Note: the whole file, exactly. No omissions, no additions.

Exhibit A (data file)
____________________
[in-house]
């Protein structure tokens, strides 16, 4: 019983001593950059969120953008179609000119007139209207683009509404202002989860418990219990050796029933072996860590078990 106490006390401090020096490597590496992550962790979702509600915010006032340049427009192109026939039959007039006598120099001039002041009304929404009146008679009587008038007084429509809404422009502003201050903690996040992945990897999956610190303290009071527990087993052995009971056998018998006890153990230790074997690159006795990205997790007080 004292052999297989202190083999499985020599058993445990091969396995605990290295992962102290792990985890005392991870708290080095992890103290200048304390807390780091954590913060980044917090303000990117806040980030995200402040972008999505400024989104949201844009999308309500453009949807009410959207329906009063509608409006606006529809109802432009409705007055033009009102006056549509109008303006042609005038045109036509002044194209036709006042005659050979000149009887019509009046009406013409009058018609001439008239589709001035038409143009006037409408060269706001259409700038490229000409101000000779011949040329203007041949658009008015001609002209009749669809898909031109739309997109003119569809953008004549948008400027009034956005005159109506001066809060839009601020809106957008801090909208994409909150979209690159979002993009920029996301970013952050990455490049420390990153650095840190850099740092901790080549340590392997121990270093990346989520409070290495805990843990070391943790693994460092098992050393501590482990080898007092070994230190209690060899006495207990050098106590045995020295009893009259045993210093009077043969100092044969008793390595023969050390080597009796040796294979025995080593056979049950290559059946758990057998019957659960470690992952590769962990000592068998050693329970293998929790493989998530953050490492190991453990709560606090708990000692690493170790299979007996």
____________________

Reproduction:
[in-house]
């Protein structure tokens, strides 16, 4: 019983001593950059969120953008179609000119007139209207683009509404202002989860418990219990050796029933072996860590078990 106490006390401090020096490597590496992550962790979702509600915010006032340049427009192109026939039959007039006598120099001039002041009304929404009146008679009587008038007084429509809404422009502003201050903690996040992945990897999956610190303290009071527990087993052995009971056998018998006890153990230790074997690159006795990205997790007080 004292052999297989202190083999499985020599058993445990091969396995605990290295992962102290792990985890005392991870708290080095992890103290200048304390807390780091954590913060980044917090303000990117806040980030995200402040972008999505400024989104949201844009999308309500453009949807009410959207329906009063509608409006606006529809109802432009409705007055033009009102006056549509109008303006042609005038045109036509002044194209036709006042005659050979000149009887019509009046009406013409009058018609001439008239589709001035038409143009006037409408060269706001259409700038490229000409101000000779011949040329203007041949658009008015001609002209009749669809898909031109739309997109003119569809953008004549948008400027009034956005005159109506001066809060839009601020809106957008801090909208994409909150979209690159979002993009920029996301970013952050990455490049420390990153650095840190850099740092901790080549340590392997121990270093990346989520409070290495805990843990070391943790693994460092098992050393501590482990080898007092070994230190209690060899006495207990050098106590045995020295009893009259045993210093009077043969100092044969008793390595023969050390080597009796040796294979025995080593056979049950290559059946758990057998019957659960470690992952590769962990000592068998050693329970293998929790493989998530953050490492190991453990709560606090708990000692690493170790299979007996």